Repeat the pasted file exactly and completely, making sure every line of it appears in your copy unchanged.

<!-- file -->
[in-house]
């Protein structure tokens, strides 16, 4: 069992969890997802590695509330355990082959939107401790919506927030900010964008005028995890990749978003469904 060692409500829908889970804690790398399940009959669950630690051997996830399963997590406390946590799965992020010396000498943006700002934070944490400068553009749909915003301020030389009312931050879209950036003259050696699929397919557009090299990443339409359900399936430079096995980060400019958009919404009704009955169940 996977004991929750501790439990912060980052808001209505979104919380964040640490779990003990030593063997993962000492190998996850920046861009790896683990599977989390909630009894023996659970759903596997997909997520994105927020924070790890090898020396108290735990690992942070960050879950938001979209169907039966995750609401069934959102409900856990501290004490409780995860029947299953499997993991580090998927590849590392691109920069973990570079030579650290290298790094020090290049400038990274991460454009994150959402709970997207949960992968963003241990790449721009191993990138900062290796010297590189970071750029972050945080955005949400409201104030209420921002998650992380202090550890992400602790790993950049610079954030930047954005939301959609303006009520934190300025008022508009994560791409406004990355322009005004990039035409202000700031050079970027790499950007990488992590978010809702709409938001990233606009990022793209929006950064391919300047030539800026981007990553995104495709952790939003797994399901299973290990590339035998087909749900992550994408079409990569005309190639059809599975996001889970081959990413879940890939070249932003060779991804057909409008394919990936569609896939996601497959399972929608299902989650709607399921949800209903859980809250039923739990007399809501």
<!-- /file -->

[in-house]
């Protein structure tokens, strides 16, 4: 069992969890997802590695509330355990082959939107401790919506927030900010964008005028995890990749978003469904 060692409500829908889970804690790398399940009959669950630690051997996830399963997590406390946590799965992020010396000498943006700002934070944490400068553009749909915003301020030389009312931050879209950036003259050696699929397919557009090299990443339409359900399936430079096995980060400019958009919404009704009955169940 996977004991929750501790439990912060980052808001209505979104919380964040640490779990003990030593063997993962000492190998996850920046861009790896683990599977989390909630009894023996659970759903596997997909997520994105927020924070790890090898020396108290735990690992942070960050879950938001979209169907039966995750609401069934959102409900856990501290004490409780995860029947299953499997993991580090998927590849590392691109920069973990570079030579650290290298790094020090290049400038990274991460454009994150959402709970997207949960992968963003241990790449721009191993990138900062290796010297590189970071750029972050945080955005949400409201104030209420921002998650992380202090550890992400602790790993950049610079954030930047954005939301959609303006009520934190300025008022508009994560791409406004990355322009005004990039035409202000700031050079970027790499950007990488992590978010809702709409938001990233606009990022793209929006950064391919300047030539800026981007990553995104495709952790939003797994399901299973290990590339035998087909749900992550994408079409990569005309190639059809599975996001889970081959990413879940890939070249932003060779991804057909409008394919990936569609896939996601497959399972929608299902989650709607399921949800209903859980809250039923739990007399809501």